The entertainment world continues to be rocked by misconduct allegations in all forms, and Netflix's Fuller House is one of the latest TV shows to face such a situation. The wholesome family sitcom will no longer call creator Jeff Franklin its showrunner after several complaints have surfaced about Franklin's verbally abusive and unprofessional behavior behind the scenes.
Fuller House was only recently renewed for Season 4, so it's unclear what creative work has been put together for the new batch of episodes, but Jeff Franklin will no longer be spearheading any narrative directions. Franklin, who also created the flagship TGIF sitcom Full House, is at the end of his contract with Warner Bros. TV, and the studio made the announcement that it would not be renewing their production deal partnership with Franklin, and that he is no longer a part of the Fuller House staff. According to Variety, Franklin's lawyer Stanton Larry Stein declined to comment on the ordeal.
Warner Bros. TV has reportedly received multiple complaints about Jeff Franklin's behavior both in the writers room and on the Fuller House set, and he's been accused of making inappropriate comments and verbally abusing staff members, as well as talking about his sex life and personal relationships using sexually charged language. (No complaints of physical sexual harassment or assault were noted.) Some are also claiming that Franklin would arrive on set with women he was dating, and would sometimes give them bit roles in episodes.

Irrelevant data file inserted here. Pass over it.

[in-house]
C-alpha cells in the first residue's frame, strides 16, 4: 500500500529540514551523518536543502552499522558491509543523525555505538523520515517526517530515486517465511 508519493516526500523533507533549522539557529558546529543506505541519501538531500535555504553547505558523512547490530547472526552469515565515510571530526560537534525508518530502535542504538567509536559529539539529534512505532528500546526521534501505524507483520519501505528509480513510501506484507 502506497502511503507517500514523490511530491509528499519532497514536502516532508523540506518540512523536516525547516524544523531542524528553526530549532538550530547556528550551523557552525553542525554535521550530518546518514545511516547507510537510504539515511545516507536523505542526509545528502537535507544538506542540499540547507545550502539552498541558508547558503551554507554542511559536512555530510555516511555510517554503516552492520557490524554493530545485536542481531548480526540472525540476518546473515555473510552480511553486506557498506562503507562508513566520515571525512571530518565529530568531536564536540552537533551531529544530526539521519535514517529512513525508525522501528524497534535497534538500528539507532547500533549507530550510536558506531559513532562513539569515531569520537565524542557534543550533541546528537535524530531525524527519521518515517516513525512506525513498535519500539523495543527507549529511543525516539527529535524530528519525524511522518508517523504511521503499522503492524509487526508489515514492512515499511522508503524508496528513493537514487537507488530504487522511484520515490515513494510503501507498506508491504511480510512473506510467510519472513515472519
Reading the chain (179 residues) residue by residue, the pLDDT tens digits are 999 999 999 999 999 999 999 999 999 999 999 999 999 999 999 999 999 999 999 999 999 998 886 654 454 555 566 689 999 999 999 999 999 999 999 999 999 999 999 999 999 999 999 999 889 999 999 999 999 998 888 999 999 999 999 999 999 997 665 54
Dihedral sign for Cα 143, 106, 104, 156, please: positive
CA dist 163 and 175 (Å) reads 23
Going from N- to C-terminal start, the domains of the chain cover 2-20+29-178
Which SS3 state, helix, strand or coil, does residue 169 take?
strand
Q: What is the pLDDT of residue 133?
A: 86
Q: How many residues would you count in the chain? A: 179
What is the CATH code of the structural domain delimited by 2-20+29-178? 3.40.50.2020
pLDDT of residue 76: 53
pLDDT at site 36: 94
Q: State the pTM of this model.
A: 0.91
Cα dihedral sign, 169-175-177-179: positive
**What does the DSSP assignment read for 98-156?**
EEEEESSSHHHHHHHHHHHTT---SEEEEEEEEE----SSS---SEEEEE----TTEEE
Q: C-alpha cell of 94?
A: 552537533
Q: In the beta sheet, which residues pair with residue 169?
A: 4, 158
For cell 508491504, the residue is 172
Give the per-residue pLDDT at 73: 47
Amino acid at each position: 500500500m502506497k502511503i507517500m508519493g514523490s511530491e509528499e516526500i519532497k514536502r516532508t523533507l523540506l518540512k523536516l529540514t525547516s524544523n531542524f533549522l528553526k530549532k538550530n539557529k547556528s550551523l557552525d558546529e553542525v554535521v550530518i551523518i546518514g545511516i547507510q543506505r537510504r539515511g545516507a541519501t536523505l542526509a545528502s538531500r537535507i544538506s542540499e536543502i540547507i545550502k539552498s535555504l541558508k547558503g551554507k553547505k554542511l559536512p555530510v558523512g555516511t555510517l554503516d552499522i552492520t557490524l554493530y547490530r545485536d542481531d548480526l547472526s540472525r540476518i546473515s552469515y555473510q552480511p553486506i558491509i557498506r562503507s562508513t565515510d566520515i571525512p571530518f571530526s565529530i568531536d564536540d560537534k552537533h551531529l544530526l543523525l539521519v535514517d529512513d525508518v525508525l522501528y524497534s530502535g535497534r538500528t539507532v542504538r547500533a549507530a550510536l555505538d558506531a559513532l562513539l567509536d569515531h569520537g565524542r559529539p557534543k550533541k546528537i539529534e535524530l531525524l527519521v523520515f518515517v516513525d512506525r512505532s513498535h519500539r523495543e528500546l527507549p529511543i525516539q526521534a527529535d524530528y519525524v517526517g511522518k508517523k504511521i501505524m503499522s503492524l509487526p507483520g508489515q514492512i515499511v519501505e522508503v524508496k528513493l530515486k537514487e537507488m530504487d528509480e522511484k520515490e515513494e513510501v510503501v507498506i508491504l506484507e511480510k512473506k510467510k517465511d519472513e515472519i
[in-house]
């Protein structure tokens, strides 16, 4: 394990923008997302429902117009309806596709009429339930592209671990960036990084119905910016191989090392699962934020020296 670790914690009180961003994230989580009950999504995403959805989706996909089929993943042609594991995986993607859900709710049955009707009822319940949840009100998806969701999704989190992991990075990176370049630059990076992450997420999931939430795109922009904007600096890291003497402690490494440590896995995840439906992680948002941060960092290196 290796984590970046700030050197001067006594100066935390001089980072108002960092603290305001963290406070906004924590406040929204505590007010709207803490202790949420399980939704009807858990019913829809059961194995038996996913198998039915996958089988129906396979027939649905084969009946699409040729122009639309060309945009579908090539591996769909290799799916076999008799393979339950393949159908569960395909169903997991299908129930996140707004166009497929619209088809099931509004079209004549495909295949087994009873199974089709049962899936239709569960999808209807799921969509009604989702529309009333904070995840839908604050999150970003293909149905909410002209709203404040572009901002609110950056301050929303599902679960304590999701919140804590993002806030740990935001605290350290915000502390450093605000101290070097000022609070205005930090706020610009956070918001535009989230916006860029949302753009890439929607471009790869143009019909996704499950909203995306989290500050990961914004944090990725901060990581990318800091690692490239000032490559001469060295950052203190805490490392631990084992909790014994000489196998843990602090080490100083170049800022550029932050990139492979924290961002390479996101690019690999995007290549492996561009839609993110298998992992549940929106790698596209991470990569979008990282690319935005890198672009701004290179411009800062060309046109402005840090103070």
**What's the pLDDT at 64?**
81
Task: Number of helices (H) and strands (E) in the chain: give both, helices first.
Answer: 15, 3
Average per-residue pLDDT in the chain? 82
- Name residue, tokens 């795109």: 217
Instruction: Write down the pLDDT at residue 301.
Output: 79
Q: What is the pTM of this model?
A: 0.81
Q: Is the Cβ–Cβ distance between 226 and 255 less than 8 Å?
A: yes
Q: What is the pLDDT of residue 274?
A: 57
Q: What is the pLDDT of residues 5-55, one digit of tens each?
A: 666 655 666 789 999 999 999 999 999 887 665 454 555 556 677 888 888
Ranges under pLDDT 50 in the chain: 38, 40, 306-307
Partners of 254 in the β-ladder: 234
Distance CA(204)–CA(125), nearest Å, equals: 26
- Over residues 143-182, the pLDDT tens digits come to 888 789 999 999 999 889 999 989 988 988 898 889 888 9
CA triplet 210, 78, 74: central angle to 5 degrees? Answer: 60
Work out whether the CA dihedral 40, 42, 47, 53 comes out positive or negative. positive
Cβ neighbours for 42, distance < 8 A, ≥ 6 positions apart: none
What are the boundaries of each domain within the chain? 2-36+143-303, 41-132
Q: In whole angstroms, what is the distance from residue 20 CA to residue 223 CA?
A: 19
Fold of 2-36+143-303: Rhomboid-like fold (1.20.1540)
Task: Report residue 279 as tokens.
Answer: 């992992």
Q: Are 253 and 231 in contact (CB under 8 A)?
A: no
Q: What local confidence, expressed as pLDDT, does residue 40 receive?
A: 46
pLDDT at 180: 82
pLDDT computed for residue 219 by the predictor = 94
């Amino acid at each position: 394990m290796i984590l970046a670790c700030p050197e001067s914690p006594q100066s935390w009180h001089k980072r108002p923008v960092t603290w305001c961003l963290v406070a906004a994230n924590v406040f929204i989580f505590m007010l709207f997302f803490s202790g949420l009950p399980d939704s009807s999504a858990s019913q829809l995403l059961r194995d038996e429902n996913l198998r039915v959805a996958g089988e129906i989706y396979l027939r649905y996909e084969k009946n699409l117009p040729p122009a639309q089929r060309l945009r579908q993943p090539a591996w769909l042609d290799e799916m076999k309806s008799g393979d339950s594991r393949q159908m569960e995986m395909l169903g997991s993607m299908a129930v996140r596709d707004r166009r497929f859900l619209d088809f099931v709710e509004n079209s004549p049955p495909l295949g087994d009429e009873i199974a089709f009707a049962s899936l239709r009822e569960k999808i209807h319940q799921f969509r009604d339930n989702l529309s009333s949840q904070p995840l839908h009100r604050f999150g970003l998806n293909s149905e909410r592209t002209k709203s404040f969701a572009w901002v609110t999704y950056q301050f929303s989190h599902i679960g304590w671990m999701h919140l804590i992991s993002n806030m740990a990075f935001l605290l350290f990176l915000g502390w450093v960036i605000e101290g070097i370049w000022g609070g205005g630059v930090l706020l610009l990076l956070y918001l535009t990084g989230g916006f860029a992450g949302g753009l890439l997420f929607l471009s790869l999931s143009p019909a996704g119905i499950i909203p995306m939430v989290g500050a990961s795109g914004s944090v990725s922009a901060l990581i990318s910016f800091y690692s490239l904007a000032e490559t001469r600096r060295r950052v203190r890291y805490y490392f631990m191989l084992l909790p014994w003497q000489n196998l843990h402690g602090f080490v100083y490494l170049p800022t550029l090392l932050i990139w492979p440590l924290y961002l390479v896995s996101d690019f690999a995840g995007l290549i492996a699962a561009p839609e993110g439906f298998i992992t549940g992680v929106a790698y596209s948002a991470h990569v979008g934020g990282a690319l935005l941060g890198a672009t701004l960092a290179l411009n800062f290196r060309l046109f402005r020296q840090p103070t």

It's being reported that Warner Bros. TV execs allegedly learned of Jeff Franklin's behavior two years ago after receiving an anonymous letter laying out many of the allegations in detail. The letter is said to have called Franklin a "walking lawsuit waiting to happen," but there is no sign of how seriously the studio looked into those accusations at the time. However, it does appear WBTV opened up an investigation into Franklin's conduct more recently, which possibly led to the studio's decision to sever ties with him.
Jeff Franklin, who wrote for Laverne & Shirley and also created Hangin' with Mr. Cooper, was as much a part of the Full House franchise as any of the stars, though he did exit the original series after Season 5. He and John Stamos were the big reasons Fuller House came into existence, too. So it should be very interesting to see whether or not the show features any significant changes in future episodes.
With three full seasons of Fuller House available to stream on Netflix -- and Full House proper up for binges on Hulu -- fans will likely be hearing more news about a showrunner replacement and other potential new additions on the road to Season 4. While waiting, head to our 2018 Netflix schedule and our midseason premiere schedule to see what else is on the way.